Do you remember the first time you felt like a failure? Your very first red-faced encounter with humiliation and self-doubt?
I do. I was taking the big test to make the transition from preschool to kindergarten. I’d been practicing drawing shapes and naming colors like it was my job, and as far as I was concerned, I was the most qualified 4-year-old in Linden, Michigan.
But I wasn’t prepared for what happened with the blocks. What probably was the equivalent of stacking them up like a tower felt to me like constructing the Sistine Chapel by hand. I can’t recall exactly what I was asked to do, but I very clearly remember the feeling of shame that washed over me when the test moderators tried to stifle their laughter at my inability to accomplish it.
To this very much later day, I flash right back to that scene with the blocks, and the panic, and the laughing people when presented with an opportunity to complete some kind of mechanical task.
These seemingly trivial encounters with inadequacy as children can impact our lives all the way into adulthood. Why? Because children without the reasoning or emotional development to make sense of their experiences do the only thing they can think of to cope with pain — they bury it.
And the problem with burying our weakness is that it opens the door for shame, which is the single most toxic emotion to our physical and mental health.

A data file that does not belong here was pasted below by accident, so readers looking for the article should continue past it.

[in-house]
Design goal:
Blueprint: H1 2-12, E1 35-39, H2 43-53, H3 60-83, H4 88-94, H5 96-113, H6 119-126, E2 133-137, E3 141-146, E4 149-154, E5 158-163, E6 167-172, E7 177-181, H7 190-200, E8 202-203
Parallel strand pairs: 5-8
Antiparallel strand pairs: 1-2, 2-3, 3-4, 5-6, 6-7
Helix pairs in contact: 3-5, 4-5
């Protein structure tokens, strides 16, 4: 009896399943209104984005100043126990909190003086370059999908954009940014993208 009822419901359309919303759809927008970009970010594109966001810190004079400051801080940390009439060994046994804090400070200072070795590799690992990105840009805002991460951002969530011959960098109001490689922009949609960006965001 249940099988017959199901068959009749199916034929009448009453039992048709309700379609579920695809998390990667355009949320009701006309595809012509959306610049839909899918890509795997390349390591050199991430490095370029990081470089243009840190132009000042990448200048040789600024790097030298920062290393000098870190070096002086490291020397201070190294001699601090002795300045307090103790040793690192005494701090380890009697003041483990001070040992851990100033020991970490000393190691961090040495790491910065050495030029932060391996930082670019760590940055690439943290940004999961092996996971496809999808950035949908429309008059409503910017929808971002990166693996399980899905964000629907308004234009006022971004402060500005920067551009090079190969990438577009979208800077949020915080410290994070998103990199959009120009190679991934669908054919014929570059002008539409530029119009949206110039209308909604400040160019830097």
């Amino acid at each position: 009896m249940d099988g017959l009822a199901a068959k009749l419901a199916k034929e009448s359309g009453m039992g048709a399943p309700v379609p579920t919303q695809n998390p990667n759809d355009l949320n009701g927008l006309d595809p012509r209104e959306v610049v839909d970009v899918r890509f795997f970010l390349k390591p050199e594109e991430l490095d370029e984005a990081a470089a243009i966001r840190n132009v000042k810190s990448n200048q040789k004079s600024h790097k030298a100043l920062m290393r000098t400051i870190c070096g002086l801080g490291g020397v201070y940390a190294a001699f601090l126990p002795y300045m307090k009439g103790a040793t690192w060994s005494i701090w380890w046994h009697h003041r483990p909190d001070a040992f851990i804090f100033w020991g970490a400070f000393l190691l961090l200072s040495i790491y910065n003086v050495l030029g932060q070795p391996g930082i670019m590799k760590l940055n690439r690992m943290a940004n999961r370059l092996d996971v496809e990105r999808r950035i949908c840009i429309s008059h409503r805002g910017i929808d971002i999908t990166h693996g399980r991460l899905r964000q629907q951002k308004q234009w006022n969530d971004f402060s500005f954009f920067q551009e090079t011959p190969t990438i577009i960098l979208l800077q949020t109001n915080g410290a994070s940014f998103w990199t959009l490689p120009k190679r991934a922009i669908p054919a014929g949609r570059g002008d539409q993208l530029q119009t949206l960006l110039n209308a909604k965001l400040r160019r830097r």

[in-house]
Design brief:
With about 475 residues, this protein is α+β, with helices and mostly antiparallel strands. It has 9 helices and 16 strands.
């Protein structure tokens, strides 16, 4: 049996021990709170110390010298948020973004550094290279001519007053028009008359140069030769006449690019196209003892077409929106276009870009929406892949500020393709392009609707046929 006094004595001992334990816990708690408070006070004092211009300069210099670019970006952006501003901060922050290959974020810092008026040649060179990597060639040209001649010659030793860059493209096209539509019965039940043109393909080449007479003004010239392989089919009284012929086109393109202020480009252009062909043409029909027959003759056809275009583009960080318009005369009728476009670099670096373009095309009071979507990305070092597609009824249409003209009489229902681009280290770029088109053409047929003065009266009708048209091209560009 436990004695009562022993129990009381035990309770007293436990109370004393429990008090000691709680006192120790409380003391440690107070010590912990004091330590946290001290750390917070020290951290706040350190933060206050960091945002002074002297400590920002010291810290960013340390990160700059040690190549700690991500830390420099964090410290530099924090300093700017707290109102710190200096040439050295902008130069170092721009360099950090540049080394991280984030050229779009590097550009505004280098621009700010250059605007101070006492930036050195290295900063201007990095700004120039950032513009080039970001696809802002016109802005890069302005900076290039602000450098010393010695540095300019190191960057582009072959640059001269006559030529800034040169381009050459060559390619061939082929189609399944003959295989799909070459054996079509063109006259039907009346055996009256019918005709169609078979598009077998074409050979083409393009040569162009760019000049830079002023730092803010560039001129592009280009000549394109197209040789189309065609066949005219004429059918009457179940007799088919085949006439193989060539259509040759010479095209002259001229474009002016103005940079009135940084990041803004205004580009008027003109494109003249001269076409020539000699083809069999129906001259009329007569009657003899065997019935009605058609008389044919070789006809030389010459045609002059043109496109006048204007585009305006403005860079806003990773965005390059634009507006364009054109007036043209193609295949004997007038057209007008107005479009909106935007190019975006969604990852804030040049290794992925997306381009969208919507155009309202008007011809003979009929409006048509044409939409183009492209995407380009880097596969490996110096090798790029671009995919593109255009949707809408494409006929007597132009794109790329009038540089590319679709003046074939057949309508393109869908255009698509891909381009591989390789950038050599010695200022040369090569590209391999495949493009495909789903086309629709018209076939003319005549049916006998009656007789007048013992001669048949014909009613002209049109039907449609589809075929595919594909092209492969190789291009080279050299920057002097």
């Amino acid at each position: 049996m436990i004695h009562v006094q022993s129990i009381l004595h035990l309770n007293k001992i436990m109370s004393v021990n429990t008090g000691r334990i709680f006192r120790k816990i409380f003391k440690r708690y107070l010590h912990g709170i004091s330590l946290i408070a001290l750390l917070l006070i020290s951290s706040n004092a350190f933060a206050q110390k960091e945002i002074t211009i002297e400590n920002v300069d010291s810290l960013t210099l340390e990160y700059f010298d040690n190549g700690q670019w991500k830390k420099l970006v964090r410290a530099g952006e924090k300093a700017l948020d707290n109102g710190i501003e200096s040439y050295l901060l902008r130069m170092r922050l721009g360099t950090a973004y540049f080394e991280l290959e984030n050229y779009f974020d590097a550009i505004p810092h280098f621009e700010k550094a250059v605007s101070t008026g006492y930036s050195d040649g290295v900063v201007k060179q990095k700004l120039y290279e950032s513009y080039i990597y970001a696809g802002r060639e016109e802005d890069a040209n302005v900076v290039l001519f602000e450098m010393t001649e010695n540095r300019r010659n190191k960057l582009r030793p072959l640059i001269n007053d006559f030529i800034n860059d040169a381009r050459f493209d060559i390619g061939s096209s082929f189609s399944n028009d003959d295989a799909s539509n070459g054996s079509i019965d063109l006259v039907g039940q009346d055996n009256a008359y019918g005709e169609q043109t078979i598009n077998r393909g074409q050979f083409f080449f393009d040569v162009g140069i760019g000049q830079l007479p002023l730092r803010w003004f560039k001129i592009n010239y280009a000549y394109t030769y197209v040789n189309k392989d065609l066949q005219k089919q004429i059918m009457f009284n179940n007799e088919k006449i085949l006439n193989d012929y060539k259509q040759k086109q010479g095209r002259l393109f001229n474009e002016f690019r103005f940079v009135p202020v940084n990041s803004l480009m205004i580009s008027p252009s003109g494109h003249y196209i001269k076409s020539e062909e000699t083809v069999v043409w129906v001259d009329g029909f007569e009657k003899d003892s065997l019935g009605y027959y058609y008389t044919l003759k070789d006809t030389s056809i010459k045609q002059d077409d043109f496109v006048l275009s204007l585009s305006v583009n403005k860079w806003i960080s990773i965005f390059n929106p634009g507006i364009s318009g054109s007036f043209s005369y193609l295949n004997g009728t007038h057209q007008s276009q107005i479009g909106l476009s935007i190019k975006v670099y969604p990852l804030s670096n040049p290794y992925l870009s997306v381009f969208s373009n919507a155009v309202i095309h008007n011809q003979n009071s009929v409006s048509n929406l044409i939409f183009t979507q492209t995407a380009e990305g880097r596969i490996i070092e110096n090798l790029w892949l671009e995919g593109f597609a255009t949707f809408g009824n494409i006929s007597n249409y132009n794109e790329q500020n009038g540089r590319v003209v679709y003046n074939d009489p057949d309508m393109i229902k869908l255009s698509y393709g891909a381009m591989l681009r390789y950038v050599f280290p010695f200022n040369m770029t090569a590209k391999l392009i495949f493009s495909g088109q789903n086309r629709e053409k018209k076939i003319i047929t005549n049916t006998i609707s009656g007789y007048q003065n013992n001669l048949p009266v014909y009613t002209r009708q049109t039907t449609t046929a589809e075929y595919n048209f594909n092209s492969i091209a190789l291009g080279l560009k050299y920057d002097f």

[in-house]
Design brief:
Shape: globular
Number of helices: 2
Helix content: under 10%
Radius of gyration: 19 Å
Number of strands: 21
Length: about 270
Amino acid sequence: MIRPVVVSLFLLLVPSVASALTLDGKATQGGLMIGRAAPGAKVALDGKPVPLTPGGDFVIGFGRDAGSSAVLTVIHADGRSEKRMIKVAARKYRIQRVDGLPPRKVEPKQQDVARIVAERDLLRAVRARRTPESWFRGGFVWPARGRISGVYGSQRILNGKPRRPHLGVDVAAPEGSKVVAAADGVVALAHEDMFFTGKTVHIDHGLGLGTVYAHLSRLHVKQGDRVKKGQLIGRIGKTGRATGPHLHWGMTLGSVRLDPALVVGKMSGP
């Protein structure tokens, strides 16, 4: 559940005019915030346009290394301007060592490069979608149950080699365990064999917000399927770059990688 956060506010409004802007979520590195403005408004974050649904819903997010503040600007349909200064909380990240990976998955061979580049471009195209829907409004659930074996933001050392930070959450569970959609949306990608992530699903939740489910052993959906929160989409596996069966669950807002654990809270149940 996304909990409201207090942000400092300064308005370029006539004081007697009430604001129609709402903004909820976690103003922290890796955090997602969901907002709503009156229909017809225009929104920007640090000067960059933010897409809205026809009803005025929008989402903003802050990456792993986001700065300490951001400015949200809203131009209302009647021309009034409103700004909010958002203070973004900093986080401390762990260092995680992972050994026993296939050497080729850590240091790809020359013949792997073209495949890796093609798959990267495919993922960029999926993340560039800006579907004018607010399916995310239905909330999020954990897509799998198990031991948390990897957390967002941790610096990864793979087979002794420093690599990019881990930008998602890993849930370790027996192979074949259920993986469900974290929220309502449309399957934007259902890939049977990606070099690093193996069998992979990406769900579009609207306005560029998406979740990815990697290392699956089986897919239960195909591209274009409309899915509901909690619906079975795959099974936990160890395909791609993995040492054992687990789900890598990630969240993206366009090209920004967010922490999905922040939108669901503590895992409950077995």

The more convinced we are that our weakness undermines our worth, the more power it has to control our lives. Shame of weakness stunts our growth and locks away critical parts of our personalities where they can never grow up or heal.
In this way, many of us still carry a small child inside who was humiliated into hiding, and if we have any hope of healing, we first have to let this child out into the light.
We will have to say we’re sorry for locking him or her away for so many years and that we hope they weren’t very claustrophobic. We will have to let them into our lives, our counseling sessions, and our closest relationships. We will have to let them awkwardly reacquaint themselves with the world.
When we finally stop trying so hard to transform our weakness, we may find it ends up transforming us.
Weakness is vulnerable, but fertile ground. It is the place where true acceptance and belonging are born. It is the force that drives us deeper into meaningful relationships and straight into the heart of God.
Years ago, a friend directed my attention to an oak tree in my yard and casually said something that changed my life. She explained that it was the tree’s need for water and nutrients that drove its roots further into the ground, making it taller, stronger, and more beautiful. It was what the tree was unable to produce on its own that ultimately made it thrive.
“And the same goes for us,” she brilliantly concluded.
Our weakness can either drive us into fear and isolation or it can drive us deeper into life-giving relationships. It can cause us to become frail and lifeless or it can force our roots deeper into the fertile soil of acceptance and belonging.
Even though I still experience the same irrational fear when confronted with certain types of tasks, I now recognize this uncomfortable feeling as an opportunity—a chance to first accept myself as I am, and secondly, to open the door for vulnerability and true connection with those around me.
Unflattering though it may seem, voicing our weakness is the only way to usher in the kind of connection we're made to experience.
What if the very weakness you think is keeping you from love and acceptance is actually the path to receiving it?